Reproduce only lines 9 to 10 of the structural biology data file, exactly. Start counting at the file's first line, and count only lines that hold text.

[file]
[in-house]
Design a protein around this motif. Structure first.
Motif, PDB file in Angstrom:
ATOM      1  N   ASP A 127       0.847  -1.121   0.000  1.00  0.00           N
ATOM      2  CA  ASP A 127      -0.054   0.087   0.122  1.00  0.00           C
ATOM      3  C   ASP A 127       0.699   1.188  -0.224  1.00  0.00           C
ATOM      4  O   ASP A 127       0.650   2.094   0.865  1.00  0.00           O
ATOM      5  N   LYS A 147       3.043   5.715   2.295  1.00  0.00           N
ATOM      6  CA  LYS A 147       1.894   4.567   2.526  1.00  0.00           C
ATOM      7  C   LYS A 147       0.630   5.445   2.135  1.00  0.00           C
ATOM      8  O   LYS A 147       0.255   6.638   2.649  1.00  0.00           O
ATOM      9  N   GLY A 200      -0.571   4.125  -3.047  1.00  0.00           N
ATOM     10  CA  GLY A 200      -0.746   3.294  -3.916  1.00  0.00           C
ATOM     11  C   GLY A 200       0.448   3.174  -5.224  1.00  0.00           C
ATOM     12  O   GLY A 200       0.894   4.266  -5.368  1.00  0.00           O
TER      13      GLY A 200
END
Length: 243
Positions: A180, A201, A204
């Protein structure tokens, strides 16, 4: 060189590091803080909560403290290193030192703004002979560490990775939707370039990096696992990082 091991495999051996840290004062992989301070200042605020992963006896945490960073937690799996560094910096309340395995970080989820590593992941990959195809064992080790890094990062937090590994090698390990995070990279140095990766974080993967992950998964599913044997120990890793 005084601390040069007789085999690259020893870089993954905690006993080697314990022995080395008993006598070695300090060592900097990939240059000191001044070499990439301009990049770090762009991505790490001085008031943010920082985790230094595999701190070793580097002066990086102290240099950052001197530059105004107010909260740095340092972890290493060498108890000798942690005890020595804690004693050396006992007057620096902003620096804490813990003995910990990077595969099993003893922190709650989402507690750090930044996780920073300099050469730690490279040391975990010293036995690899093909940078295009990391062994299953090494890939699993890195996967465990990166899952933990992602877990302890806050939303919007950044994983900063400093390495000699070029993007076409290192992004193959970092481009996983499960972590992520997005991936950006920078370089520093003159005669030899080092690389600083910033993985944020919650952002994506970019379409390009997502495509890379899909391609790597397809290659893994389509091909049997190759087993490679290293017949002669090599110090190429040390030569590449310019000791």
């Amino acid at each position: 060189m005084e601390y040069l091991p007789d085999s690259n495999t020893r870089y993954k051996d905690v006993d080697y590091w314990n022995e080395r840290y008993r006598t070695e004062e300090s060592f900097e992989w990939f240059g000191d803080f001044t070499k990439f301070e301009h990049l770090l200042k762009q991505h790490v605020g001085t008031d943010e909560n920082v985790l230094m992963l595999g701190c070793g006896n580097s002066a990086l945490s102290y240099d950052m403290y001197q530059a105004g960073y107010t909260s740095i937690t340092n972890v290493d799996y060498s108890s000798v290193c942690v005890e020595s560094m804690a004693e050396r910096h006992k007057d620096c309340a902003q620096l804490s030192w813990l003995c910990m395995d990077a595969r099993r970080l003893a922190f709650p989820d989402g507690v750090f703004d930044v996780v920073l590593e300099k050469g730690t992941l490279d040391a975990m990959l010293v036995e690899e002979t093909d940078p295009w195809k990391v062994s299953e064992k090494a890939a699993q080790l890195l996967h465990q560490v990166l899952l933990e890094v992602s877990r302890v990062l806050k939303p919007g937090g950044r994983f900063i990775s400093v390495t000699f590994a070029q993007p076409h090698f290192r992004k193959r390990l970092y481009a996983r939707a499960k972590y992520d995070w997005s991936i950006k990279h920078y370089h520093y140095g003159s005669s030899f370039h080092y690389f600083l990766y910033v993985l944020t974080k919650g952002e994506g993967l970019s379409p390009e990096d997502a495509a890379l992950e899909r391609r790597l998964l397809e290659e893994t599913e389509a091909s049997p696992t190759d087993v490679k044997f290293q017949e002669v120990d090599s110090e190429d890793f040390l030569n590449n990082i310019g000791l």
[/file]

ATOM      6  CA  LYS A 147       1.894   4.567   2.526  1.00  0.00           C
ATOM      7  C   LYS A 147       0.630   5.445   2.135  1.00  0.00           C